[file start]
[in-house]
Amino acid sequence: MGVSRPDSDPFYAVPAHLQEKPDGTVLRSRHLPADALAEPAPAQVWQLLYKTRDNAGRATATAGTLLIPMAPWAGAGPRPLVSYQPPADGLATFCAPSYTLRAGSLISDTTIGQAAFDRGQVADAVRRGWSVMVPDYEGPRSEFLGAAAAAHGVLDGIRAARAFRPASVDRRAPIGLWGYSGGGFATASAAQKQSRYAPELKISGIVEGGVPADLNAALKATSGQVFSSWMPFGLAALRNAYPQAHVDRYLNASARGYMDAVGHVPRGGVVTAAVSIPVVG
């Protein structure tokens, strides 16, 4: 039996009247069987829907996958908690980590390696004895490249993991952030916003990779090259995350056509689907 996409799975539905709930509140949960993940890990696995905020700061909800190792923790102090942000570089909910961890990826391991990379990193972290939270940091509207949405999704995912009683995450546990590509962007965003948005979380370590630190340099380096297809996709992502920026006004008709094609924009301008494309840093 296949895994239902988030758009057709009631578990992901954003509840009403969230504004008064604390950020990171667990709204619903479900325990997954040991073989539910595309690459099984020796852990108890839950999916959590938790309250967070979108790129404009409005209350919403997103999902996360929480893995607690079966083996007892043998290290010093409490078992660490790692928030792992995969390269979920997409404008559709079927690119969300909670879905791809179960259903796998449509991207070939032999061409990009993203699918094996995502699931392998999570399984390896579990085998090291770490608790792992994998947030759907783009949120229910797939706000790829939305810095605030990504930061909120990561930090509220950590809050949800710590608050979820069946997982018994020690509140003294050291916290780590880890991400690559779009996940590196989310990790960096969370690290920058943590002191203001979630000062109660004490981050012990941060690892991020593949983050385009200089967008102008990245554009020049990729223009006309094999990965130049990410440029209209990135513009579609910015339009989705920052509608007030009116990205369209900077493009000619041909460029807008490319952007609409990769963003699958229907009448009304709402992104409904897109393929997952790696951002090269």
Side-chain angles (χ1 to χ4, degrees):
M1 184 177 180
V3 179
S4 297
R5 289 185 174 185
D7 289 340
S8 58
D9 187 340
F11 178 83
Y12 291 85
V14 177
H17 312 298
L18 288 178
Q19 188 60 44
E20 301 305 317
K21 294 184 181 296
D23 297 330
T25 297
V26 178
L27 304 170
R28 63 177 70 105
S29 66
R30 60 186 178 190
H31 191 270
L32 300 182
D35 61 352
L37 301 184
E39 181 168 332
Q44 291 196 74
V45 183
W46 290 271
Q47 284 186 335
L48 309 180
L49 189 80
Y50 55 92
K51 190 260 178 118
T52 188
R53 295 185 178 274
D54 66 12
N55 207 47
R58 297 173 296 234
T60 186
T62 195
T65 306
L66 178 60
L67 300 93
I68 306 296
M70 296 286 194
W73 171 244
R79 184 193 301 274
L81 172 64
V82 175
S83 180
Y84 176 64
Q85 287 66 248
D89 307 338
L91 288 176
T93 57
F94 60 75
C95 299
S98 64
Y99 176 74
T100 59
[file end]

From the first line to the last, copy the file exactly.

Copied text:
[in-house]
Amino acid sequence: MGVSRPDSDPFYAVPAHLQEKPDGTVLRSRHLPADALAEPAPAQVWQLLYKTRDNAGRATATAGTLLIPMAPWAGAGPRPLVSYQPPADGLATFCAPSYTLRAGSLISDTTIGQAAFDRGQVADAVRRGWSVMVPDYEGPRSEFLGAAAAAHGVLDGIRAARAFRPASVDRRAPIGLWGYSGGGFATASAAQKQSRYAPELKISGIVEGGVPADLNAALKATSGQVFSSWMPFGLAALRNAYPQAHVDRYLNASARGYMDAVGHVPRGGVVTAAVSIPVVG
């Protein structure tokens, strides 16, 4: 039996009247069987829907996958908690980590390696004895490249993991952030916003990779090259995350056509689907 996409799975539905709930509140949960993940890990696995905020700061909800190792923790102090942000570089909910961890990826391991990379990193972290939270940091509207949405999704995912009683995450546990590509962007965003948005979380370590630190340099380096297809996709992502920026006004008709094609924009301008494309840093 296949895994239902988030758009057709009631578990992901954003509840009403969230504004008064604390950020990171667990709204619903479900325990997954040991073989539910595309690459099984020796852990108890839950999916959590938790309250967070979108790129404009409005209350919403997103999902996360929480893995607690079966083996007892043998290290010093409490078992660490790692928030792992995969390269979920997409404008559709079927690119969300909670879905791809179960259903796998449509991207070939032999061409990009993203699918094996995502699931392998999570399984390896579990085998090291770490608790792992994998947030759907783009949120229910797939706000790829939305810095605030990504930061909120990561930090509220950590809050949800710590608050979820069946997982018994020690509140003294050291916290780590880890991400690559779009996940590196989310990790960096969370690290920058943590002191203001979630000062109660004490981050012990941060690892991020593949983050385009200089967008102008990245554009020049990729223009006309094999990965130049990410440029209209990135513009579609910015339009989705920052509608007030009116990205369209900077493009000619041909460029807008490319952007609409990769963003699958229907009448009304709402992104409904897109393929997952790696951002090269």
Side-chain angles (χ1 to χ4, degrees):
M1 184 177 180
V3 179
S4 297
R5 289 185 174 185
D7 289 340
S8 58
D9 187 340
F11 178 83
Y12 291 85
V14 177
H17 312 298
L18 288 178
Q19 188 60 44
E20 301 305 317
K21 294 184 181 296
D23 297 330
T25 297
V26 178
L27 304 170
R28 63 177 70 105
S29 66
R30 60 186 178 190
H31 191 270
L32 300 182
D35 61 352
L37 301 184
E39 181 168 332
Q44 291 196 74
V45 183
W46 290 271
Q47 284 186 335
L48 309 180
L49 189 80
Y50 55 92
K51 190 260 178 118
T52 188
R53 295 185 178 274
D54 66 12
N55 207 47
R58 297 173 296 234
T60 186
T62 195
T65 306
L66 178 60
L67 300 93
I68 306 296
M70 296 286 194
W73 171 244
R79 184 193 301 274
L81 172 64
V82 175
S83 180
Y84 176 64
Q85 287 66 248
D89 307 338
L91 288 176
T93 57
F94 60 75
C95 299
S98 64
Y99 176 74
T100 59